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outrun
Posts: 4573
Joined: April 29th, 2016, 1:40 pm

Re: Using Quantlib

December 18th, 2017, 9:26 pm

No, the link compare boost vs GCC 4.8 (which could be as old as 2013).
So, gcc 4.8 was no good? will 5.x be any better??? Wishful thinking IMHO
when was C++11 finalized? 
Gcc is at 7.2 now I think
 
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outrun
Posts: 4573
Joined: April 29th, 2016, 1:40 pm

Re: Using Quantlib

December 18th, 2017, 10:11 pm

I didn't have boost (nor C++) on my machine, but I did it online at wandbox, which also lets you choose compilers:

Results:
Boost 1.65.1

compiler: gcc 4.8.2 
1E7 x std::mt19937_64           126ms ans=9.22183e+25
1E7 x boost::random::mt19937_64 131ms ans=9.22183e+25

compiler: gcc 7.2.0 
1E7 x std::mt19937_64           172ms ans=9.22183e+25
1E7 x boost::random::mt19937_64 125ms ans=9.22183e+25

compiler: gcc 8.0.0 201712 HEAD
1E7 x std::mt19937_64           174ms ans=9.22183e+25
1E7 x boost::random::mt19937_64 138ms ans=9.22183e+25

compiler: clang 5.0.0
1E7 x std::mt19937_64           136ms ans=9.22183e+25
1E7 x boost::random::mt19937_64  66ms ans=9.22183e+25

compiler: clang 6.0.0 HEAD
1E7 x std::mt19937_64           124ms ans=9.22183e+25
1E7 x boost::random::mt19937_64  67ms ans=9.22183e+25
source:
#include <cstdint>
#include <chrono>
#include <iostream>
#include <random>
#include "boost/random.hpp"


int main(void) {

    std::chrono::steady_clock::time_point start, end;

    // --------------------------------------------------------------------------------------
    {
        double sum = 0.0;
        std::mt19937_64 eng;

        start = std::chrono::steady_clock::now();
        for (std::uint_fast64_t i=0; i<10000000; ++i) {
            sum +=  eng();
        }
        end = std::chrono::steady_clock::now();
        auto duration = std::chrono::duration_cast<std::chrono::milliseconds>(end - start).count();

        std::cout << "1E7 x std::mt19937_64          " << duration << "ms ans=" << sum << std::endl;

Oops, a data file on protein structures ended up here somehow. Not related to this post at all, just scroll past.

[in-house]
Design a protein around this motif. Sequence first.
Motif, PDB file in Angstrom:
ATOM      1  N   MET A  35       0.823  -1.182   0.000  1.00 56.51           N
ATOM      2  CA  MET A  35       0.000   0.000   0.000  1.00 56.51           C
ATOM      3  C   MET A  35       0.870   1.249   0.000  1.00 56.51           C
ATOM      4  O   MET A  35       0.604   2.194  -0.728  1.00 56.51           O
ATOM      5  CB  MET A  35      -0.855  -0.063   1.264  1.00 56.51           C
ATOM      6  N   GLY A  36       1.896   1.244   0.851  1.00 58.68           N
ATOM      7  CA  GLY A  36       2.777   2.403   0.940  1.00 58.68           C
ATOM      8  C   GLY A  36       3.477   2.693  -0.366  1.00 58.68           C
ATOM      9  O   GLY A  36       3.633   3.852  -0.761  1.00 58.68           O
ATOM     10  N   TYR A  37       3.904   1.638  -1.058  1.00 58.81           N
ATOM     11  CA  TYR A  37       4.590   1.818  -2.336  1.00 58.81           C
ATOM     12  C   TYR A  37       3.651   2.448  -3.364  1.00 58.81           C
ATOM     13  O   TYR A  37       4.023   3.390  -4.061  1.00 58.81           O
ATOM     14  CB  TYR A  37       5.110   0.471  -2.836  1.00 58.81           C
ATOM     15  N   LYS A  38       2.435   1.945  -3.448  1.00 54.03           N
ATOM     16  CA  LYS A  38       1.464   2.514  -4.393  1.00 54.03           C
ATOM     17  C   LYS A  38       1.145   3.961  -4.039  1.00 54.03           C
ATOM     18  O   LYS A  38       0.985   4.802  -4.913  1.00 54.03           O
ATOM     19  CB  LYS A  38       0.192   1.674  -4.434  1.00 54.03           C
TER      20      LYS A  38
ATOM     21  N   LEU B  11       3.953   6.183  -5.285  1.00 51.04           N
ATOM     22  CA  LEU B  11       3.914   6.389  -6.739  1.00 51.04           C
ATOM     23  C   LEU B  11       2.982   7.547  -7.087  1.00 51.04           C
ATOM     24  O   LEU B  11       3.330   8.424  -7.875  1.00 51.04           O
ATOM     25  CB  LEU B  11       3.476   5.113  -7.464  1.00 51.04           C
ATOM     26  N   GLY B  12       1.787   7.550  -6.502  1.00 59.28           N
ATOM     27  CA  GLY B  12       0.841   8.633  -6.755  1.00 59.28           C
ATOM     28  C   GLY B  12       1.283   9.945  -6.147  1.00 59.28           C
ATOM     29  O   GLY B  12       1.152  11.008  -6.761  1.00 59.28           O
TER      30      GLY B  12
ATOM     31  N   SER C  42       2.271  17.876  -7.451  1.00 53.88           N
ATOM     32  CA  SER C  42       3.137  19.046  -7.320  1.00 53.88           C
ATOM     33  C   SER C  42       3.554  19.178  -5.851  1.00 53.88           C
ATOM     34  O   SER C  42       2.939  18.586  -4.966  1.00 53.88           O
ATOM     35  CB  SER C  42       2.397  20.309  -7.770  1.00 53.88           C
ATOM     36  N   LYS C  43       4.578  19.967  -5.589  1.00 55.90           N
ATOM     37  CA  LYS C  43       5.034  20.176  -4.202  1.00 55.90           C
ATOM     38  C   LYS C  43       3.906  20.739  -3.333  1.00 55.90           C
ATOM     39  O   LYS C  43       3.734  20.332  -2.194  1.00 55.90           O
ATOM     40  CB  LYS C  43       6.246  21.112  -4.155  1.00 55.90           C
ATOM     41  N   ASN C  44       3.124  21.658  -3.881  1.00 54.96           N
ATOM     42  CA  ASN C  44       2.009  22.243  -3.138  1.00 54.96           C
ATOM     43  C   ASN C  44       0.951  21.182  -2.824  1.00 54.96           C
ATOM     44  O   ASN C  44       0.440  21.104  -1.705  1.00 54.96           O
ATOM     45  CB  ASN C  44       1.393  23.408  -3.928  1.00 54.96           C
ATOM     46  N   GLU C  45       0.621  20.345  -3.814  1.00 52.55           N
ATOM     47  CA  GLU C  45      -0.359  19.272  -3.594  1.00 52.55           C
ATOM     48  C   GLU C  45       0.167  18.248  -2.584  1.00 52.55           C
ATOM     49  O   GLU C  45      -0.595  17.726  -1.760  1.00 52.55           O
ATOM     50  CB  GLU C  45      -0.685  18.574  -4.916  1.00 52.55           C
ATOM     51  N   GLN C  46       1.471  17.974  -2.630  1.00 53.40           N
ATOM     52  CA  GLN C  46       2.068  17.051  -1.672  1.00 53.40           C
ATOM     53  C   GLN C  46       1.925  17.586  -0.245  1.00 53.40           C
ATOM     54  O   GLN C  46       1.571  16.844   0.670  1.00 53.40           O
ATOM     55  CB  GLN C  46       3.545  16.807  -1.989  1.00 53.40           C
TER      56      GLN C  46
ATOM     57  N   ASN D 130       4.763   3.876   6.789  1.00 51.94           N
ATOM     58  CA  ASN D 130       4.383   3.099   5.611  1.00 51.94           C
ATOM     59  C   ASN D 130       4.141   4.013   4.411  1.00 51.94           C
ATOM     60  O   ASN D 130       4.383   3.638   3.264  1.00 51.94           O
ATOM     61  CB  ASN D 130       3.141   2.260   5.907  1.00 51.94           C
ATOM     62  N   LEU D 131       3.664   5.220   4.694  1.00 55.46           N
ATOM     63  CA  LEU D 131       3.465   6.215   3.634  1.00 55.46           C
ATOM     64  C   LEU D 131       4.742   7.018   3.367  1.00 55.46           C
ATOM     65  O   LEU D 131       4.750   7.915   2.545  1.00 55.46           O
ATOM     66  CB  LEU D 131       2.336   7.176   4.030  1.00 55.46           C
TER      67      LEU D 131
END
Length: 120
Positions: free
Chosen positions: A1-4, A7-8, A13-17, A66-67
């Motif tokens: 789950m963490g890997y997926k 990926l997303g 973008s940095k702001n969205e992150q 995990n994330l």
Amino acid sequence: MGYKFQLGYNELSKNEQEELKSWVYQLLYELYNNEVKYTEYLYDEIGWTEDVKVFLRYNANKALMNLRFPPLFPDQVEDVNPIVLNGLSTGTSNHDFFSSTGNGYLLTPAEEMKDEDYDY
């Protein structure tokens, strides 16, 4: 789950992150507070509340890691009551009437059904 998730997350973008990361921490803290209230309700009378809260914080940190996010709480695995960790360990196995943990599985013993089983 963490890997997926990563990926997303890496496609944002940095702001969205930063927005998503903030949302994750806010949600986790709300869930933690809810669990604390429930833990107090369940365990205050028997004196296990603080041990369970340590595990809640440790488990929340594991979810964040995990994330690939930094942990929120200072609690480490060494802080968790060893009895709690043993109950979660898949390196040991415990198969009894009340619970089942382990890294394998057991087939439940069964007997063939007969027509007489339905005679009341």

}

    // --------------------------------------------------------------------------------------
    {
        double sum = 0.0;
        boost::random::mt19937_64 eng;

        start = std::chrono::steady_clock::now();
        for (std::uint_fast64_t i=0; i<10000000; ++i) {
            sum +=  eng();
        }
        end = std::chrono::steady_clock::now();
        auto duration = std::chrono::duration_cast<std::chrono::milliseconds>(end - start).count();

        std::cout << "1E7 x boost::random::mt19937_64 " << duration << "ms ans=" << sum << std::endl;
    }

    return 0;
}
 
User avatar
outrun
Posts: 4573
Joined: April 29th, 2016, 1:40 pm

Re: Using Quantlib

December 18th, 2017, 10:28 pm

also VS vs and old version of Clang.

* Boost::mt is 4x faster on CLANG than on Visual Studio 
* std::mt is 3x faster of CLANG than Visual Studio
* boost::mt is 50% faster than std::mt

..but I'm not sure is -O3 is the command line argument in Visual Studio for optimization? 
source_file.cpp -o a.exe /EHsc /MD /I C:\boost_1_60_0 /link /LIBPATH:C:\boost_1_60_0\stage\lib -O3
http://rextester.com/l/cpp_online_compiler_visual

Microsoft (R) C/C++ Optimizing Compiler Version 19.00.23506 for x64
1E7 x std::mt19937_64           386ms ans=9.22183e+25
1E7 x boost::random::mt19937_64 296ms ans=9.22183e+25

clang 3.8.0
1E7 x std::mt19937_64          119ms ans=9.22183e+25
1E7 x boost::random::mt19937_64 73ms ans=9.22183e+25
 
User avatar
Billy7
Posts: 282
Joined: March 30th, 2016, 2:12 pm

Re: Using Quantlib

December 19th, 2017, 1:20 am

Wow, good tests! Thanks outrun. I am wondering now if Clang could be faster for other code as well, not just the mt rng... Any experience?
 
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outrun
Posts: 4573
Joined: April 29th, 2016, 1:40 pm

Re: Using Quantlib

December 19th, 2017, 6:53 am

Thanks.

I don't know much about VS, when I used it a long time ago it was a buggy non-compliant compiler.

I'm mostly working with Linux servers and at home with OSX. At some point I switched from GCC to Clang on Linux but not for speed but because it felt more robustly designed and it did some things better. The code I ran had not much speed difference, and benchmarks showed that in some bits of code one was better, others the other. The adoptation rate of C++11 features was a bit faster on Clang from what I remember?
 
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Cuchulainn
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Joined: July 16th, 2004, 7:38 am
Location: Amsterdam
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Re: Using Quantlib

December 19th, 2017, 10:14 am

These preliminary results confirm my suspicion that algorithm performance depends on a) the compiler use and b) the libraries used by the compiler.

For VS I see Boost MT 64 as approx [2,3] times faster than C++11 MT64. I conclude that we are talking about two implementations by two independent developer groups.

So, let's say you want to speed up  MC; then the choice of RN library play a big role. They are not all the same. 
 
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outrun
Posts: 4573
Joined: April 29th, 2016, 1:40 pm

Re: Using Quantlib